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Geography of Maldives

The sea covers 99% of the Maldives and inside its blue depths lies the mysteries and riddles related to the formation of the Maldives. The islands are formed around a ring shaped coral reef encircling a lagoon. This reef structure, typical of Maldives, is called an atoll. In fact, the English word 'atoll' itself is derived from the Maldivian or dhivehi word for it-atholhu. There are 26 natural atolls in the Maldives.

There are still ongoing debates about the formation of atolls. According to Charles Darwin's theory, when submerged volcanoes rise from the sea, a coral reef grew on its edge. When the volcanoes submerged, the coral reefs encircling a water-filled basin remained. Consequently, islands were formed on the reefs as the tides and currents brought dead coral onto sandbars. These were in turn colonised by plants.

Maldives Atoll formation  North Male' Atoll
Maldives Atoll formation - Photo by © Muha

A different view has been provided by Hans Hass. According to him, layers of coral reefs might have built up on top of the submerged mountains until they rose to the surface. The hardest and highest corals remained while the weaker corals in the center of the coral platforms broke down. The remaining corals at the outer edges formed rings that were to form the outer rims of atolls. Islands were formed as debris and sand accumulated on to the remaining reefs.

The reef is cut by deep channels, which the locals have mastered to navigate. Protective reefs safeguard the islands from the elements. However, the islands are susceptible to erosion. The islands are low-lying; emerging almost two meters above the sea level. It is frequent that one part of the island to erode while onto another part the currents and tides deposit sand expanding the island. Over the course of time, some islands may erode completely, while others may be formed gradually on a sandbank. There are still many islands and sandbanks at various stages of formation. Hence, the Maldives is a dynamic country in the making.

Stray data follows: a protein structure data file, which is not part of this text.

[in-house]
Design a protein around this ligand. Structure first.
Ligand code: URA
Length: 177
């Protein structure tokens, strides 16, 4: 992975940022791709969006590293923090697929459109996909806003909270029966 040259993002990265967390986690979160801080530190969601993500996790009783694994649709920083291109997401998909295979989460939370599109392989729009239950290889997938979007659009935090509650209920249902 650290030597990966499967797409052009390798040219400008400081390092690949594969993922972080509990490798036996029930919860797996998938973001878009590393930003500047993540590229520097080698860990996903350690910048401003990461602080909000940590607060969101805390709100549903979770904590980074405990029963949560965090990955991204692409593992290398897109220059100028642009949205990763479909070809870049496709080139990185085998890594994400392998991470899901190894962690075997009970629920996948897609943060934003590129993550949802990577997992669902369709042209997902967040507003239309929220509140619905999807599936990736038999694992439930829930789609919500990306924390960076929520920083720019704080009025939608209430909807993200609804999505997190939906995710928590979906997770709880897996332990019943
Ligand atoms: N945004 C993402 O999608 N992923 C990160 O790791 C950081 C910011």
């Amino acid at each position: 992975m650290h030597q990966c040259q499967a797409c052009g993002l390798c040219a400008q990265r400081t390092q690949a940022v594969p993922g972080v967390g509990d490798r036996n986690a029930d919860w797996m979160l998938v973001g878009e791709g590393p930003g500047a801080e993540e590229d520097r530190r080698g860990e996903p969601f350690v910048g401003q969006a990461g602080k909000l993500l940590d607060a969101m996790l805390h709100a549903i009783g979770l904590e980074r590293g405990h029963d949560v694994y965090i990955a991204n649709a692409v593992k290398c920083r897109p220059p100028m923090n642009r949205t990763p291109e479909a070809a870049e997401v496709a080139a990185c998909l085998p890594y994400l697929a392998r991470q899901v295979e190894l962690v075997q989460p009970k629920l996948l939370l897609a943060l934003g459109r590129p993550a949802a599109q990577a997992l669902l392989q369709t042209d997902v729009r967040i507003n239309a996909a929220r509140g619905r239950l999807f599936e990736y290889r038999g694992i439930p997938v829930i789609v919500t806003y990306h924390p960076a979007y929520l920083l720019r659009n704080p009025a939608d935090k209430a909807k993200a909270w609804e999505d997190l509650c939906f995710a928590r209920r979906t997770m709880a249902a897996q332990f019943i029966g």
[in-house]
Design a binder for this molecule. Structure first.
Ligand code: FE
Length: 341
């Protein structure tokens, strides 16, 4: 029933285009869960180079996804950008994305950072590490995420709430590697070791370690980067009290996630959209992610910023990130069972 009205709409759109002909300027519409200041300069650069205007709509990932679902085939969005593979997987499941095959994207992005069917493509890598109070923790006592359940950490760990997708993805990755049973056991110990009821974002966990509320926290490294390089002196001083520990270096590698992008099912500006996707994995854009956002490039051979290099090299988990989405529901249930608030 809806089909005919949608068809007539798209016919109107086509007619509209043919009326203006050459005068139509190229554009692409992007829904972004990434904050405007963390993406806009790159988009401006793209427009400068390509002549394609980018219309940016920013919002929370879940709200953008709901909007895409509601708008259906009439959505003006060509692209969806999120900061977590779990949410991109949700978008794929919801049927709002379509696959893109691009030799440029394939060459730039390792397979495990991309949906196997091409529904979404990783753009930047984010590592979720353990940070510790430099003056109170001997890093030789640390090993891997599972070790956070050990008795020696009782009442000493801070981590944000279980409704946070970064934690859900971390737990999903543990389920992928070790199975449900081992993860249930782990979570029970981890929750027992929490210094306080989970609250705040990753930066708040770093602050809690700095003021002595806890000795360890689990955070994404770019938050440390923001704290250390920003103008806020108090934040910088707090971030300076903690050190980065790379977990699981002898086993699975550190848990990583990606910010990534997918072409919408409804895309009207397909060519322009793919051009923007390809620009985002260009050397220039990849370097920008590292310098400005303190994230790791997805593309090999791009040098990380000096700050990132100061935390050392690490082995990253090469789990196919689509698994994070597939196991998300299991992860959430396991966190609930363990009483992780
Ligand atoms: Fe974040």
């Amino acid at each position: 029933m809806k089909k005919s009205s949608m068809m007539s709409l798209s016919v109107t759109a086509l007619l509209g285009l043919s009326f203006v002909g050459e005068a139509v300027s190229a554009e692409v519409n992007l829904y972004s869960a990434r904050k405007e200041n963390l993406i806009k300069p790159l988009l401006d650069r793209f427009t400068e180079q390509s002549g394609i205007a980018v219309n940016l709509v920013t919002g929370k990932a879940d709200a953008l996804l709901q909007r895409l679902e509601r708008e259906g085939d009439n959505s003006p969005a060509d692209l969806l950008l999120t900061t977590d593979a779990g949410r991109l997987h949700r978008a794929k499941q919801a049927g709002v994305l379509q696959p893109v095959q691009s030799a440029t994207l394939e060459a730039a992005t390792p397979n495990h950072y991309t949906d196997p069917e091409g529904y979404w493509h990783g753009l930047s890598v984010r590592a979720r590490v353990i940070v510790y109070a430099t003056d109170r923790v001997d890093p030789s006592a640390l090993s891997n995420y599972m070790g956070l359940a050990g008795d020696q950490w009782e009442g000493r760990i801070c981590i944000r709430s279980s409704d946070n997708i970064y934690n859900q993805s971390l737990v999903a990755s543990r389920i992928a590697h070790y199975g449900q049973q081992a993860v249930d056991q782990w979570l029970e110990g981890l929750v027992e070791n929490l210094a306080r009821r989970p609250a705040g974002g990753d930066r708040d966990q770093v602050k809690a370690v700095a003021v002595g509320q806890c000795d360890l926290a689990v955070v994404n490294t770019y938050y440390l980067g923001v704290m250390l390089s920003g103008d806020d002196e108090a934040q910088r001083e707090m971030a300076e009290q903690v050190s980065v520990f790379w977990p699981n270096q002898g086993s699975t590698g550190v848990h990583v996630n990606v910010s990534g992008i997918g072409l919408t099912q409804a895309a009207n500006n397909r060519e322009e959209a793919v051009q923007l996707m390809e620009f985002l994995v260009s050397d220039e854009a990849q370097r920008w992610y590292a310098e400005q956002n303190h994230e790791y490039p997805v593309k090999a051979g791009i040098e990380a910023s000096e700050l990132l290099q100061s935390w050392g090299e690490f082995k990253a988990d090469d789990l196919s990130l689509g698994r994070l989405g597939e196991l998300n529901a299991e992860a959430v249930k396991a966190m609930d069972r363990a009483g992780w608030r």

Six inches deep humus forms the initial layers of the soil. Sandstone of about 2 feet is found below and after it sand is accompanied with fresh water. The salinity of the soil along the beach restricts the growth to few plants. Normally, shrubs and small hedges occupy the area. More inwards, banyan, mangroves, screwpine and other lush vegetation are found. For the coconut palms there seems to be no restrictions. It is found almost everywhere and have contributed significantly to the local lifestyle, even earning the status of the national tree.

While vegetation in the islands is limited, it is supplemented by the riches of the sea; varieties of corals, abundant colourful fish and other organisms that makes the Maldives 'the home of the children of the sea'.


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